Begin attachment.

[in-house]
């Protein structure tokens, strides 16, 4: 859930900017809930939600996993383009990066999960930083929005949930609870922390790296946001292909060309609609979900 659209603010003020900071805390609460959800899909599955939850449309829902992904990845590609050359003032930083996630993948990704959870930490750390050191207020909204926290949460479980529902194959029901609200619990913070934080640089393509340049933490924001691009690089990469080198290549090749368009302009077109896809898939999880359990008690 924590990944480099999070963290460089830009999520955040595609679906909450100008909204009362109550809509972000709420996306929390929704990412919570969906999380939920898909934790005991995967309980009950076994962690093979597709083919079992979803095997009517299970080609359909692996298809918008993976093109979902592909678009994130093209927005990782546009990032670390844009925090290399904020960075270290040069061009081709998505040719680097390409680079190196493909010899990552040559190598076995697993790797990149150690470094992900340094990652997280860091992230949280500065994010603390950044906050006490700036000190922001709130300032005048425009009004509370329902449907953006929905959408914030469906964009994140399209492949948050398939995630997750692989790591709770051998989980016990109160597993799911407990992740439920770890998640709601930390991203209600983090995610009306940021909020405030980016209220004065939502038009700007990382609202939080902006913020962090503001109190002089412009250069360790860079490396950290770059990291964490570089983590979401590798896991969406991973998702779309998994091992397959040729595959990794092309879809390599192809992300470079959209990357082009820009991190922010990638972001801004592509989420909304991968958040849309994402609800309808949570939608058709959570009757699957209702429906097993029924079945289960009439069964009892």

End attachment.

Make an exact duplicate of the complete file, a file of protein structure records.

[in-house]
């Protein structure tokens, strides 16, 4: 859930900017809930939600996993383009990066999960930083929005949930609870922390790296946001292909060309609609979900 659209603010003020900071805390609460959800899909599955939850449309829902992904990845590609050359003032930083996630993948990704959870930490750390050191207020909204926290949460479980529902194959029901609200619990913070934080640089393509340049933490924001691009690089990469080198290549090749368009302009077109896809898939999880359990008690 924590990944480099999070963290460089830009999520955040595609679906909450100008909204009362109550809509972000709420996306929390929704990412919570969906999380939920898909934790005991995967309980009950076994962690093979597709083919079992979803095997009517299970080609359909692996298809918008993976093109979902592909678009994130093209927005990782546009990032670390844009925090290399904020960075270290040069061009081709998505040719680097390409680079190196493909010899990552040559190598076995697993790797990149150690470094992900340094990652997280860091992230949280500065994010603390950044906050006490700036000190922001709130300032005048425009009004509370329902449907953006929905959408914030469906964009994140399209492949948050398939995630997750692989790591709770051998989980016990109160597993799911407990992740439920770890998640709601930390991203209600983090995610009306940021909020405030980016209220004065939502038009700007990382609202939080902006913020962090503001109190002089412009250069360790860079490396950290770059990291964490570089983590979401590798896991969406991973998702779309998994091992397959040729595959990794092309879809390599192809992300470079959209990357082009820009991190922010990638972001801004592509989420909304991968958040849309994402609800309808949570939608058709959570009757699957209702429906097993029924079945289960009439069964009892």